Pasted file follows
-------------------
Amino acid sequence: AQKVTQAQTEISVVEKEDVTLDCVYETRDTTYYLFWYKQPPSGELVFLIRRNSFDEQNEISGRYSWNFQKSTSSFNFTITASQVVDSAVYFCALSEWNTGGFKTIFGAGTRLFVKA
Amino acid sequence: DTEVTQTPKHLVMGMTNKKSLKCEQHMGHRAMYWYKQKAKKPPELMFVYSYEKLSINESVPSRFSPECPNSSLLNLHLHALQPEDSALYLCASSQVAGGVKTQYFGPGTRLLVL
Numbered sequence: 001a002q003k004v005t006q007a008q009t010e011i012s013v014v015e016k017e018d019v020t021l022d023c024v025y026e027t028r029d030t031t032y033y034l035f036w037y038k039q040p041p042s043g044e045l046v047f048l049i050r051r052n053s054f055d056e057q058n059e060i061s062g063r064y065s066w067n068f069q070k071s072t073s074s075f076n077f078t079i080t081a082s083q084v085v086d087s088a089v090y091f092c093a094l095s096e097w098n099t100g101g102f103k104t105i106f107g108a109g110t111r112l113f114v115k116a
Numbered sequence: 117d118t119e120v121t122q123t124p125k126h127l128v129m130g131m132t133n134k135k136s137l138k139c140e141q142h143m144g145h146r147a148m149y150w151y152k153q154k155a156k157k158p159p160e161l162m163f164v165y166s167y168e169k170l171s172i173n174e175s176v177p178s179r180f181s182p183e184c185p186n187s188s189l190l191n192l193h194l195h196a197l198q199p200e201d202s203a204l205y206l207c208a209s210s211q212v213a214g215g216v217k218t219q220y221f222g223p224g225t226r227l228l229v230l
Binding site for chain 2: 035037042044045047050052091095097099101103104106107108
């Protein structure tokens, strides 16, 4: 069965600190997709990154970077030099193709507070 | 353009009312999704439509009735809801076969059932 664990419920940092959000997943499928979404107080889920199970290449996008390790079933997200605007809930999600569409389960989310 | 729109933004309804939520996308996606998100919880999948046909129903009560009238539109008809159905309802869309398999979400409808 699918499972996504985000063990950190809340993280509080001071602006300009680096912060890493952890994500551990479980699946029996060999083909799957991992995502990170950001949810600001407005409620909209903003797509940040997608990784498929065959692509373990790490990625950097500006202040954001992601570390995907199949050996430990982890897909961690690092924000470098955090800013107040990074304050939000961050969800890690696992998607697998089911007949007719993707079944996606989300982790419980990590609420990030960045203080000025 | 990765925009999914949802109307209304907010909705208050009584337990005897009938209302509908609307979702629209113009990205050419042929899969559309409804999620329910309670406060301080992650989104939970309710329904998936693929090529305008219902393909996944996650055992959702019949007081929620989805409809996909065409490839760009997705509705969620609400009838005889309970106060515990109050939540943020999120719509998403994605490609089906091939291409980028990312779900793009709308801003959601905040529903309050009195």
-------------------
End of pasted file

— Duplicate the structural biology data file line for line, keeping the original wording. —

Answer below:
Amino acid sequence: AQKVTQAQTEISVVEKEDVTLDCVYETRDTTYYLFWYKQPPSGELVFLIRRNSFDEQNEISGRYSWNFQKSTSSFNFTITASQVVDSAVYFCALSEWNTGGFKTIFGAGTRLFVKA
Amino acid sequence: DTEVTQTPKHLVMGMTNKKSLKCEQHMGHRAMYWYKQKAKKPPELMFVYSYEKLSINESVPSRFSPECPNSSLLNLHLHALQPEDSALYLCASSQVAGGVKTQYFGPGTRLLVL
Numbered sequence: 001a002q003k004v005t006q007a008q009t010e011i012s013v014v015e016k017e018d019v020t021l022d023c024v025y026e027t028r029d030t031t032y033y034l035f036w037y038k039q040p041p042s043g044e045l046v047f048l049i050r051r052n053s054f055d056e057q058n059e060i061s062g063r064y065s066w067n068f069q070k071s072t073s074s075f076n077f078t079i080t081a082s083q084v085v086d087s088a089v090y091f092c093a094l095s096e097w098n099t100g101g102f103k104t105i106f107g108a109g110t111r112l113f114v115k116a
Numbered sequence: 117d118t119e120v121t122q123t124p125k126h127l128v129m130g131m132t133n134k135k136s137l138k139c140e141q142h143m144g145h146r147a148m149y150w151y152k153q154k155a156k157k158p159p160e161l162m163f164v165y166s167y168e169k170l171s172i173n174e175s176v177p178s179r180f181s182p183e184c185p186n187s188s189l190l191n192l193h194l195h196a197l198q199p200e201d202s203a204l205y206l207c208a209s210s211q212v213a214g215g216v217k218t219q220y221f222g223p224g225t226r227l228l229v230l
Binding site for chain 2: 035037042044045047050052091095097099101103104106107108
């Protein structure tokens, strides 16, 4: 069965600190997709990154970077030099193709507070 | 353009009312999704439509009735809801076969059932 664990419920940092959000997943499928979404107080889920199970290449996008390790079933997200605007809930999600569409389960989310 | 729109933004309804939520996308996606998100919880999948046909129903009560009238539109008809159905309802869309398999979400409808 699918499972996504985000063990950190809340993280509080001071602006300009680096912060890493952890994500551990479980699946029996060999083909799957991992995502990170950001949810600001407005409620909209903003797509940040997608990784498929065959692509373990790490990625950097500006202040954001992601570390995907199949050996430990982890897909961690690092924000470098955090800013107040990074304050939000961050969800890690696992998607697998089911007949007719993707079944996606989300982790419980990590609420990030960045203080000025 | 990765925009999914949802109307209304907010909705208050009584337990005897009938209302509908609307979702629209113009990205050419042929899969559309409804999620329910309670406060301080992650989104939970309710329904998936693929090529305008219902393909996944996650055992959702019949007081929620989805409809996909065409490839760009997705509705969620609400009838005889309970106060515990109050939540943020999120719509998403994605490609089906091939291409980028990312779900793009709308801003959601905040529903309050009195």